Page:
By Matt Petrillo

PHILADELPHIA (CBS) — For a second day, Philadelphia police have an increased presence in parts of the city. Extra officers have been seen roaming in groups all over Philadelphia’s City Hall on Thursday, and the Municipal Services Building is also barricaded from all sides.

Police are not expecting any threat but are out in an abundance of caution.

Philadelphia’s Emergency Operations Center is activated for a second day to keep a closer watch over the city after Wednesday’s violent riots that breached the U.S. Capitol building. Around the national landmarks on Independence Mall, visitors may also notice an uptick in law enforcement.

“You’re going to see an increase in security presence,” JJ Klaver, a retired FBI agent, said.

Klaver says to expect more protection at the Liberty Bell, Congress Hall and other national institutions for at least the next few days.

“The Federal Protective Police and the National Park Service, they supplement their manpower with private contract security,” Klaver said.

Meanwhile, Bill McSwain, the Trump-appointed U.S. Attorney in Philadelphia, tweeted on Thursday that he reached out to his colleagues in Washington, D.C. and is “offering any possible assistance in sorting out and prosecuting any federal crimes that were committed.”

“They broke many federal laws,” Chip Gallagher, the chair of sociology and criminal justice department at La Salle University, said.

Gallagher says rioters could be charged with trespassing, destruction of federal property and other related crimes.

“This is the Capitol building. I guarantee you there are cameras everywhere,” Gallagher said, “and now, they have face recognition information.”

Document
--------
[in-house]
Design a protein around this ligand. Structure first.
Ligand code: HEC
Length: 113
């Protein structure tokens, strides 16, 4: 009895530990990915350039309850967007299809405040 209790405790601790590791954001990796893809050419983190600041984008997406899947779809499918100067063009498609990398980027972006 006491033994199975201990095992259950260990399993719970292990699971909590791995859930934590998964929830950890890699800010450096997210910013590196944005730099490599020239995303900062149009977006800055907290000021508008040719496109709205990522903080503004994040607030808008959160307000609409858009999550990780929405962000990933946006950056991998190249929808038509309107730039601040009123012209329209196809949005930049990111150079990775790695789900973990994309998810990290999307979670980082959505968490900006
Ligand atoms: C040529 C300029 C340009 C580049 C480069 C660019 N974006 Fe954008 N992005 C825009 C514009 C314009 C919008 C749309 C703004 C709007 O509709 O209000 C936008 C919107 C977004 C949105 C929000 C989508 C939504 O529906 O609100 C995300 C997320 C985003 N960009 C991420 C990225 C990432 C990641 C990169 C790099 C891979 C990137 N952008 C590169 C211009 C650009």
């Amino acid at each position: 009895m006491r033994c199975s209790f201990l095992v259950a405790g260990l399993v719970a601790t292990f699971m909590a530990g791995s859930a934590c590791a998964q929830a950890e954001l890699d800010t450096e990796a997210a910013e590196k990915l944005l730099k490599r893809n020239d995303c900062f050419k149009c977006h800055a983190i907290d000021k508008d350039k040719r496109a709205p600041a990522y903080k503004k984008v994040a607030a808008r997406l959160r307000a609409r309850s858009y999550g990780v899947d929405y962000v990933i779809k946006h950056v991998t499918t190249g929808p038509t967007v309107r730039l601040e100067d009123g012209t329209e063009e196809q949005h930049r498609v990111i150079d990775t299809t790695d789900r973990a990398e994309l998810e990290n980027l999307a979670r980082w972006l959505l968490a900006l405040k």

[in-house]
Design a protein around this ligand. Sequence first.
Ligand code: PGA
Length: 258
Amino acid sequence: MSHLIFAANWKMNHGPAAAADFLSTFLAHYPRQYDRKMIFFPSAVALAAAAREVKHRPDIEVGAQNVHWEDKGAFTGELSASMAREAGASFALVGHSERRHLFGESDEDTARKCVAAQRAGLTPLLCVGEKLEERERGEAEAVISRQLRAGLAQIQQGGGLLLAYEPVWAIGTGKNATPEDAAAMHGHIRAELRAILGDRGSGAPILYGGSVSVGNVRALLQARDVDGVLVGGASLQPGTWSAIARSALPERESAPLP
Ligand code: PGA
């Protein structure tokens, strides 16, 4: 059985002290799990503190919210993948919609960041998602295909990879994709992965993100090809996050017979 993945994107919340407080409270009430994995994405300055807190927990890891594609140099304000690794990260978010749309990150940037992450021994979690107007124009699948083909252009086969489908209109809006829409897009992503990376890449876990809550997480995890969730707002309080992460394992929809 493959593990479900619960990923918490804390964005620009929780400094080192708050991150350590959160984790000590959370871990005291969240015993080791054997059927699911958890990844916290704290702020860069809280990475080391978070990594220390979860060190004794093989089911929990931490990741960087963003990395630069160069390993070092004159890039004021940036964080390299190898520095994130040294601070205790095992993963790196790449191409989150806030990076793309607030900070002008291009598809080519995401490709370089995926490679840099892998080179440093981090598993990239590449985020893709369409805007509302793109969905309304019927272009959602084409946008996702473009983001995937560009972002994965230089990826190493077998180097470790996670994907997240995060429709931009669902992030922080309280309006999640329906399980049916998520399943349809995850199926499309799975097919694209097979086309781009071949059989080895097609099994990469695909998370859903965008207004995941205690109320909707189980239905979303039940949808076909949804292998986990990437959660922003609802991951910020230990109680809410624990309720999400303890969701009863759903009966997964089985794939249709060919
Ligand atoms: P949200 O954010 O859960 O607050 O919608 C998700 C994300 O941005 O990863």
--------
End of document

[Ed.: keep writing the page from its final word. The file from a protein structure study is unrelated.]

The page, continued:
Gallagher also pointed out that rioters’ own egos could land them in jail.

“So they’re very proud of themselves, they’re going to post on social media and essentially incriminate themselves,” Gallagher said. “It’s going to be corroborating information for the FBI to use.”

Police in Washington have already made dozens of arrests, including 12 people from Pennsylvania and one man from Cape May, New Jersey. The FBI announced it’s seeking the public’s help to identify more.

Charley Ramsey is a former Philadelphia police commissioner and blames President Donald Trump for the chaos at the Capitol.

“This is about as close to a coup attempt that the country has ever gotten to,” Ramsey said.

University of Pennsylvania law professor Claire Finkelstein believes it’s possible that Trump committed a crime.

“The question is whether or not the president was intentionally trying to interfere with the peaceful transition of power and trying to launch an attack using his supporters as weapons against the U.S. government,” Finkelstein said. “If we were to find out additional facts that suggested some intentionality on the part of the president, then I believe he could be guilty of sedition.”

There’s a protest happening outside of City Hall in Philadelphia that’s part of other protests across the country. Demonstrators are urging Trump to leave the White House.


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